The postman ate little Reg's homework - true or false? Phil Revell on how hard it is to spot fibbers in the class, staff and interview room.
People tell fibs. Some are harmless. Teachers burdened by a pile of marking often tell pupils that they are really pleased with last week's work and have decided to let them off homework. Some are devious. The air of innocence adopted by classroom villains faced with their misdemeanours has to be seen to be believed.
Some liars are downright dangerous, like the colleague who attempts to spin a web of deceit to cover incompetence, or the interviewee whose application form is a tissue of lies, possibly hiding a murky past. Unfortunately, as last week's TES revealed, police checks on all would-be teachers' criminal convictions are at least two years away.
Experts in body language claim that spotting a liar can be relatively easy. Dishonest behaviour is often shown by a combination of key phrases and gestures, say the books. "People who exhibit a sudden increase in nervous hand-to-face contact, such as nose scratching or sitting back in their chair to distance themselves from the questioner, are probably lying," says one such guide. Other tell-tale give-always are supposed to include verbal fillers such as "sort of" and "you know" and the avoidance of eye contact.
But recent research indicates that lying may have roots deep in our evolutionary past and that spotting a liar can be nigh on impossible. Paul Seager, a psychologist at the University of Hertfordshire, filmed 10 actors talking about their favourite films. Half were lying. Volunteers were asked to spot the five who were making it all up and scored little better than they would have done by flipping a coin. Just 55 per cent of the guesses were right.
The argument that liars are easy to spot relies on theories that argue that deception requires sophistication; it is learned behaviour. Small children, the theories suggest, do not have the capacity to deceive successfully. Yet research at the University of Portsmouth appears to show that three-year-olds can spin a yarn as successfully as any adult.
Paul Newton and Vasudevi Reddy asked mothers to analyse the day-to-day behaviour of their young offspring. Deceptions included feigning indifference to a toy so that another child might consider the object not worth having, as well as the well known ploys of crying for attention and pretending to be asleep.
In Scotland, two other researchers, Andrew Whiten and Richard Byrne collected examples of deception among monkeys and apes. One monkey being pursued by others after some misdemeanour looked up and emitted an alarm call which would normally signal the approach of a predator. His pursuers abandoned the chase and climbed to safety, but there was no predator.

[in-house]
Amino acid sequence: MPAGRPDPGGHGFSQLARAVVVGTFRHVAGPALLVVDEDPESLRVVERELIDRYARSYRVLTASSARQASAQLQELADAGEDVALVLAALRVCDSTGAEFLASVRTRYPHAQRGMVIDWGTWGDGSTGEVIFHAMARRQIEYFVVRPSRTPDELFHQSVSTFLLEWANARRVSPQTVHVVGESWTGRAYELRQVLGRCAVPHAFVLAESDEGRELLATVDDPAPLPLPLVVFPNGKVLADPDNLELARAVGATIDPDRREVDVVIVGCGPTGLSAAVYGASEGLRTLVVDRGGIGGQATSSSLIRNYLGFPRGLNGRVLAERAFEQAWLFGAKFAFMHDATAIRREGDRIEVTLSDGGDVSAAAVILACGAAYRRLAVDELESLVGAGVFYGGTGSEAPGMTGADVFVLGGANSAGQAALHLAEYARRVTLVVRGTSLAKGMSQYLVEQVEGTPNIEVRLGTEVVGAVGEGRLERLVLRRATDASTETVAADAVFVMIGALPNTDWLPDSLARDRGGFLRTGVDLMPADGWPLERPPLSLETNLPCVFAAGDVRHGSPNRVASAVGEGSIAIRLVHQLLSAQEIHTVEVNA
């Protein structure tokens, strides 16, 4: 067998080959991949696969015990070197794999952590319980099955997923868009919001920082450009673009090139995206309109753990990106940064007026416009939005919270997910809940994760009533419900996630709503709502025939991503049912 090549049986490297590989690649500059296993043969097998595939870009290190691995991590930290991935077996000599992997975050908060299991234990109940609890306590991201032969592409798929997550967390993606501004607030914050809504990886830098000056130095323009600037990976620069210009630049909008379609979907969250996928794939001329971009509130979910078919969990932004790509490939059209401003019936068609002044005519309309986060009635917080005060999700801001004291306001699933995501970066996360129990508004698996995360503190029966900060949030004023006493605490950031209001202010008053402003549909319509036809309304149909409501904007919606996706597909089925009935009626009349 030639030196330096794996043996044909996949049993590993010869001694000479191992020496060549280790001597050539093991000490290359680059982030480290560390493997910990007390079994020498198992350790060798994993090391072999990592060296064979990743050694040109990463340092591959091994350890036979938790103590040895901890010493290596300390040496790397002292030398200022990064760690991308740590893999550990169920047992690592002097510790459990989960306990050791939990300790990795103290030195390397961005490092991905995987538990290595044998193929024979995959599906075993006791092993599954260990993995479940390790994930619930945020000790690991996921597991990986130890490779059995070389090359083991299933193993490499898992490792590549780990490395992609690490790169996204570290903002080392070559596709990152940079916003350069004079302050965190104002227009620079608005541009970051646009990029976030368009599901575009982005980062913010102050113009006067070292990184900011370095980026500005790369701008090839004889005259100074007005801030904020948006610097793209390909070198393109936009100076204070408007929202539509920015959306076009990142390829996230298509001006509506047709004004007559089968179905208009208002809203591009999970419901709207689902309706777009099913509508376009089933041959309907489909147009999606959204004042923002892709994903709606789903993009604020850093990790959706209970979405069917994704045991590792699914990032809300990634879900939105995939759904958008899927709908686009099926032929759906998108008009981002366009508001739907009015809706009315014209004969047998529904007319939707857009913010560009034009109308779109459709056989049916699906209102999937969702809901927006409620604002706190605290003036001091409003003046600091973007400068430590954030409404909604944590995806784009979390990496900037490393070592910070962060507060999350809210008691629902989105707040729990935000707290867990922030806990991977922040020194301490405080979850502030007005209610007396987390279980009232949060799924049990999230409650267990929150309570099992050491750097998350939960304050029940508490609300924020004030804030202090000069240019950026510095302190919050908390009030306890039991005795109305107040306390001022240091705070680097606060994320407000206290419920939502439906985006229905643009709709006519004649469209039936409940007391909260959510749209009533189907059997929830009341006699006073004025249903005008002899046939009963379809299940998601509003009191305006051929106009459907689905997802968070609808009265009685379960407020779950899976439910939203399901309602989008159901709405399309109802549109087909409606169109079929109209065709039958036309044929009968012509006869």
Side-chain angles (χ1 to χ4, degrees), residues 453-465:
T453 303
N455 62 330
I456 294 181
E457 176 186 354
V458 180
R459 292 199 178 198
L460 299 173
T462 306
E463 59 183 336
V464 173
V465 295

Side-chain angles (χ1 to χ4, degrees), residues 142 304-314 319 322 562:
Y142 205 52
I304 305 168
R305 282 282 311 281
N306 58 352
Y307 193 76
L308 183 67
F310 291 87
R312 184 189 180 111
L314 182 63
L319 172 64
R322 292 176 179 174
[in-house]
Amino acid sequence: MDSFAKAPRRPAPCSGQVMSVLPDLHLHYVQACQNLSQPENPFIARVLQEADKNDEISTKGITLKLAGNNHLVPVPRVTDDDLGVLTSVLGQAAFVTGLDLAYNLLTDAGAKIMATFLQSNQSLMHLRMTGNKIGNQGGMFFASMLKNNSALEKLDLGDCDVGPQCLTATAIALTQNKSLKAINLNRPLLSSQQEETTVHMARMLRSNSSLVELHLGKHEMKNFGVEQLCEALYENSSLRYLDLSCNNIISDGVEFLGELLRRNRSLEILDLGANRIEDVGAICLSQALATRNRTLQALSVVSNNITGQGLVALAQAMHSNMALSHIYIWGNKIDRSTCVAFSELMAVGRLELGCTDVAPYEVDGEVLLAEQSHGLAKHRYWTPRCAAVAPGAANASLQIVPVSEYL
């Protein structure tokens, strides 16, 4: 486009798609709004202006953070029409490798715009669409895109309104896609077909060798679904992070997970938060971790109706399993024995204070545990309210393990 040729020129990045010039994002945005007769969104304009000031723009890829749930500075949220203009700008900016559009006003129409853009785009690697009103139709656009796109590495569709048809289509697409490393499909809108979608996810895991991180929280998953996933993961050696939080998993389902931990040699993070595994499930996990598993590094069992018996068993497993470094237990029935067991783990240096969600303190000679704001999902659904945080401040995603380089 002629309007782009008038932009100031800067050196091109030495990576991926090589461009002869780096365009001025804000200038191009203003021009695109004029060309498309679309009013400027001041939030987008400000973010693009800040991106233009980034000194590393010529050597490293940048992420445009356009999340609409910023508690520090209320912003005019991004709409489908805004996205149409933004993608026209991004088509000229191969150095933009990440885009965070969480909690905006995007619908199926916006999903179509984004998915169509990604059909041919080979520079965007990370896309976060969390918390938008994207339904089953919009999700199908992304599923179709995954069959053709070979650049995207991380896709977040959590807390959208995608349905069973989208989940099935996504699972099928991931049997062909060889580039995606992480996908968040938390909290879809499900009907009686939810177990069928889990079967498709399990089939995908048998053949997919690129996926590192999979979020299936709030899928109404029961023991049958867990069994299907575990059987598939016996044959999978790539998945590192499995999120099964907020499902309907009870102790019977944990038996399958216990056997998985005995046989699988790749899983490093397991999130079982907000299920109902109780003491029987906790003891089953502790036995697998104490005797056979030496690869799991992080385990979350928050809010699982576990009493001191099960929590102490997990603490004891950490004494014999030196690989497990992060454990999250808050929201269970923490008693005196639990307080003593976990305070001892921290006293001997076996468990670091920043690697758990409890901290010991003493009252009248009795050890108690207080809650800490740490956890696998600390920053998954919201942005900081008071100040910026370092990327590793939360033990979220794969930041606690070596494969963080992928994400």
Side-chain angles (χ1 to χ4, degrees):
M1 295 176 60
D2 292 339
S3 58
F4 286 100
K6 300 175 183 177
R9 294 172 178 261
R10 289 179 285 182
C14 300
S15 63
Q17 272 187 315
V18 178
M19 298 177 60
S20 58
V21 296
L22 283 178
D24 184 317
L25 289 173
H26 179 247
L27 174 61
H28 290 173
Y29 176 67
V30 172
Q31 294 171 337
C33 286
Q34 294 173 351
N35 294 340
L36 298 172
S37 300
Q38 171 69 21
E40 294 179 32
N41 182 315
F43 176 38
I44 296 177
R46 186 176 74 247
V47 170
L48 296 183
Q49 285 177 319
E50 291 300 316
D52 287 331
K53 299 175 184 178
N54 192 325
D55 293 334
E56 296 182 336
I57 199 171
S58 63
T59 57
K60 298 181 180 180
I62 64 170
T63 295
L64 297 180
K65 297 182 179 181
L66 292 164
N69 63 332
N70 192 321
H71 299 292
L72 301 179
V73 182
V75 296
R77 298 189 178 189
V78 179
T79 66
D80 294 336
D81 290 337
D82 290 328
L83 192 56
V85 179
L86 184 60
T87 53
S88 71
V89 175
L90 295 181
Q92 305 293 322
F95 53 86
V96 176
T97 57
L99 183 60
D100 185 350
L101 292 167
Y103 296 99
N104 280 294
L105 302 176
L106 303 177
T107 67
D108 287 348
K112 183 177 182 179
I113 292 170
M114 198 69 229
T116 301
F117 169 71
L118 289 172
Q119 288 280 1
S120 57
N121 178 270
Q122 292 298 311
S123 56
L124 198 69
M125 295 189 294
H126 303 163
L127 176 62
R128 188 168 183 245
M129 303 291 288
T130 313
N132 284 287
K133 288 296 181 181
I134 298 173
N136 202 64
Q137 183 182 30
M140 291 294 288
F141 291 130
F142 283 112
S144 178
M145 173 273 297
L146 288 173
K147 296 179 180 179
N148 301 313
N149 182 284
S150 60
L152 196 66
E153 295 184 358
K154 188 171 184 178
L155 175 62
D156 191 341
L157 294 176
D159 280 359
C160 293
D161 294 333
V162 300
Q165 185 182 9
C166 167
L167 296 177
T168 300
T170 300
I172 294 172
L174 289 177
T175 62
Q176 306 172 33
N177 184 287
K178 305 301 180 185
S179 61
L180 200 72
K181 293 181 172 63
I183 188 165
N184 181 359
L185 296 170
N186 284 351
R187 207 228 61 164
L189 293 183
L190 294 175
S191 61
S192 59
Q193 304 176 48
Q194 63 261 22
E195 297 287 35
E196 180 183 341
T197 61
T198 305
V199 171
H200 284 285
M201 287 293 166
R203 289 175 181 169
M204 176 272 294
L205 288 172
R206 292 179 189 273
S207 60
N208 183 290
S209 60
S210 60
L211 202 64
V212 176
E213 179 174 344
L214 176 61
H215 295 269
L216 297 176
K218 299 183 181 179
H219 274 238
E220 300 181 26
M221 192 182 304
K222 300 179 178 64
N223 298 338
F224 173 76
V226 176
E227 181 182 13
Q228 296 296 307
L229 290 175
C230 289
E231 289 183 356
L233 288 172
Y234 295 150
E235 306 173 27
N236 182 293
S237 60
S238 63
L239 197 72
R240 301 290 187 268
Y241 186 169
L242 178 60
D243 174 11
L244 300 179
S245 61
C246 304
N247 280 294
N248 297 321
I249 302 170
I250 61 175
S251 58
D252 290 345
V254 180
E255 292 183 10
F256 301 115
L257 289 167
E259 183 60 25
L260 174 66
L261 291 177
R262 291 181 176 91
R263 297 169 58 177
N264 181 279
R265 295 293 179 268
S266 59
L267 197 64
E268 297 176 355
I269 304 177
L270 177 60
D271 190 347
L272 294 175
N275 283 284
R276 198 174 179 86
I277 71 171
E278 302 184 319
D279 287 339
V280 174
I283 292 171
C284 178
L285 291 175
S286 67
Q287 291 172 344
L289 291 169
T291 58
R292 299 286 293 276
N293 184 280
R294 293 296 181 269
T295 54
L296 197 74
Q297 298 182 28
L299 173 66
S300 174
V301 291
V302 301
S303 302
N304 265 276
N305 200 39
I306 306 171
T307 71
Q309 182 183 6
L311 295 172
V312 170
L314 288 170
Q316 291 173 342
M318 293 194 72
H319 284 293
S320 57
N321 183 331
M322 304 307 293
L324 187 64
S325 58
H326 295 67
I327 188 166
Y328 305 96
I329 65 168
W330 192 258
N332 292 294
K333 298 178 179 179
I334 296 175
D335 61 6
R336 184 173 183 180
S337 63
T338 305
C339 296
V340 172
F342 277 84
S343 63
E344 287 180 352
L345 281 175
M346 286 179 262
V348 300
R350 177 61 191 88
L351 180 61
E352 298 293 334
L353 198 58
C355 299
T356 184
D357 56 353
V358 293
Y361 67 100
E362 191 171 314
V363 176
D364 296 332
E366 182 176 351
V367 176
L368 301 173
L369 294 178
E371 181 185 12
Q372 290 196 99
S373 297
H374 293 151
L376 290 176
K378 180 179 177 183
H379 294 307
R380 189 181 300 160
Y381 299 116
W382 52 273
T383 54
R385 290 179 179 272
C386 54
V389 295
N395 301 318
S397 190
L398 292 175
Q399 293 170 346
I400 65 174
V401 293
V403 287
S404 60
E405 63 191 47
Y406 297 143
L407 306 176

Whiten argues that deception has played an important part in the evolution of primates. When the first hominids left the forests to walk upright they were ill-equipped to take on the predators that prowled the plains. Our ancestors survived by using the rudiments of intelligence to outwit their rivals. So the child who calmly explains that he has no knowledge of where Tracy's rubber has disappeared to could be utilising the benefits of half a million years of evolution.
But there is hope for the hard-pressed teacher or manager faced with a raft of reasons why Darren hasn't done his homework or why Miss Frost is absent every Monday morning. Paul Seager's research in Hertfordshire shows that our ability to detect liars improves once we have seen a speaker behaving truthfully.
"We found that people were then getting it 65 per cent right in spotting liars," he told a psychology conference last year. If we have evolved as mendacious manipulators it follows that we would need the capacity to detect deceit in others.
"For a job applicant, recruiters should lay on an informal lunch and circulate between the candidates asking questions about their journey," advised Mr Seager. Observation of honest interaction will help spot any attempts at dishonesty in the interview.
For 3C, the situation is more complicated. Teachers are often faced not with one fibber, but a whole group supporting each other's imaginative porkies. The temptation to double-bluff the kids and threaten some heinous punishment unless they come clean is ill-advised. Schools are a trifle short on heinous punishments and the kids know it.
Paul Seager's observation theory suggests that teachers are most likely to discover the truth by talking to the children they know best - though when it comes to deception adolescents are at the top of the evolutionary tree.
"After all," says Byron, "what is a lie? Tis but the truth in masquerade."
Machiavellian Intelligence, edited by A Whiten and R Byrne, OUP